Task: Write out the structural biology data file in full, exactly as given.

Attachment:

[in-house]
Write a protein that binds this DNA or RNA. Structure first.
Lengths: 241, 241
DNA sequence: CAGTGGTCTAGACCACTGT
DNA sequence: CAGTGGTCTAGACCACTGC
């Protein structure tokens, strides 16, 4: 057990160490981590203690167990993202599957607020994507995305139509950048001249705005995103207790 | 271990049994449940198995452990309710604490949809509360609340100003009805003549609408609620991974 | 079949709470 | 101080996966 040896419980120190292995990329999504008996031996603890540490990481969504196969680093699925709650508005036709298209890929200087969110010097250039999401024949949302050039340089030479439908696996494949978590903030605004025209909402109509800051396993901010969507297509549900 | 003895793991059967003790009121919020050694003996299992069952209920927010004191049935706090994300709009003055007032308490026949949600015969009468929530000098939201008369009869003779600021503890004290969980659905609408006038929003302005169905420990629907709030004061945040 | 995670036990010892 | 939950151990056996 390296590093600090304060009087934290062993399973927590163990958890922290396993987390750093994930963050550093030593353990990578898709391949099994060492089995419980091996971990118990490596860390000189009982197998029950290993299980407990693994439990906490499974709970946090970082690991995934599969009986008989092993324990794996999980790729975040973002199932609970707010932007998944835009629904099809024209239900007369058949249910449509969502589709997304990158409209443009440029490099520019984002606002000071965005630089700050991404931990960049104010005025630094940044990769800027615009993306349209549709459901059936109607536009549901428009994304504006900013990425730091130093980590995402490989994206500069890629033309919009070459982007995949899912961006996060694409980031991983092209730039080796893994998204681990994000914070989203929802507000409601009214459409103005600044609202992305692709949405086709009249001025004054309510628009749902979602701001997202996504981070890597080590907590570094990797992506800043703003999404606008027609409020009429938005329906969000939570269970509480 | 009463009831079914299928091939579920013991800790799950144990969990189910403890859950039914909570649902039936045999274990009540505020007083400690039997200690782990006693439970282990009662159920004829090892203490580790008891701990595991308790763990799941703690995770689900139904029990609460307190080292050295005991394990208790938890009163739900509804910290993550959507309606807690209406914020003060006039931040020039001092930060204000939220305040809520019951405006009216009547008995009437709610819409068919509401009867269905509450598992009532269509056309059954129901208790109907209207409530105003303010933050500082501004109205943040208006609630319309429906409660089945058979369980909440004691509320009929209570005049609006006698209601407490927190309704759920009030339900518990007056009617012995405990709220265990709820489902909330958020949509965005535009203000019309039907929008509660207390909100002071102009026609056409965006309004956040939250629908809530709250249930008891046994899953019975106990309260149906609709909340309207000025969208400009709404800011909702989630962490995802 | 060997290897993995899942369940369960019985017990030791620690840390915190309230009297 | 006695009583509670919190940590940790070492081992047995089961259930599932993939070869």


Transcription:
[in-house]
Write a protein that binds this DNA or RNA. Structure first.
Lengths: 241, 241
DNA sequence: CAGTGGTCTAGACCACTGT
DNA sequence: CAGTGGTCTAGACCACTGC
């Protein structure tokens, strides 16, 4: 057990160490981590203690167990993202599957607020994507995305139509950048001249705005995103207790 | 271990049994449940198995452990309710604490949809509360609340100003009805003549609408609620991974 | 079949709470 | 101080996966 040896419980120190292995990329999504008996031996603890540490990481969504196969680093699925709650508005036709298209890929200087969110010097250039999401024949949302050039340089030479439908696996494949978590903030605004025209909402109509800051396993901010969507297509549900 | 003895793991059967003790009121919020050694003996299992069952209920927010004191049935706090994300709009003055007032308490026949949600015969009468929530000098939201008369009869003779600021503890004290969980659905609408006038929003302005169905420990629907709030004061945040 | 995670036990010892 | 939950151990056996 390296590093600090304060009087934290062993399973927590163990958890922290396993987390750093994930963050550093030593353990990578898709391949099994060492089995419980091996971990118990490596860390000189009982197998029950290993299980407990693994439990906490499974709970946090970082690991995934599969009986008989092993324990794996999980790729975040973002199932609970707010932007998944835009629904099809024209239900007369058949249910449509969502589709997304990158409209443009440029490099520019984002606002000071965005630089700050991404931990960049104010005025630094940044990769800027615009993306349209549709459901059936109607536009549901428009994304504006900013990425730091130093980590995402490989994206500069890629033309919009070459982007995949899912961006996060694409980031991983092209730039080796893994998204681990994000914070989203929802507000409601009214459409103005600044609202992305692709949405086709009249001025004054309510628009749902979602701001997202996504981070890597080590907590570094990797992506800043703003999404606008027609409020009429938005329906969000939570269970509480 | 009463009831079914299928091939579920013991800790799950144990969990189910403890859950039914909570649902039936045999274990009540505020007083400690039997200690782990006693439970282990009662159920004829090892203490580790008891701990595991308790763990799941703690995770689900139904029990609460307190080292050295005991394990208790938890009163739900509804910290993550959507309606807690209406914020003060006039931040020039001092930060204000939220305040809520019951405006009216009547008995009437709610819409068919509401009867269905509450598992009532269509056309059954129901208790109907209207409530105003303010933050500082501004109205943040208006609630319309429906409660089945058979369980909440004691509320009929209570005049609006006698209601407490927190309704759920009030339900518990007056009617012995405990709220265990709820489902909330958020949509965005535009203000019309039907929008509660207390909100002071102009026609056409965006309004956040939250629908809530709250249930008891046994899953019975106990309260149906609709909340309207000025969208400009709404800011909702989630962490995802 | 060997290897993995899942369940369960019985017990030791620690840390915190309230009297 | 006695009583509670919190940590940790070492081992047995089961259930599932993939070869």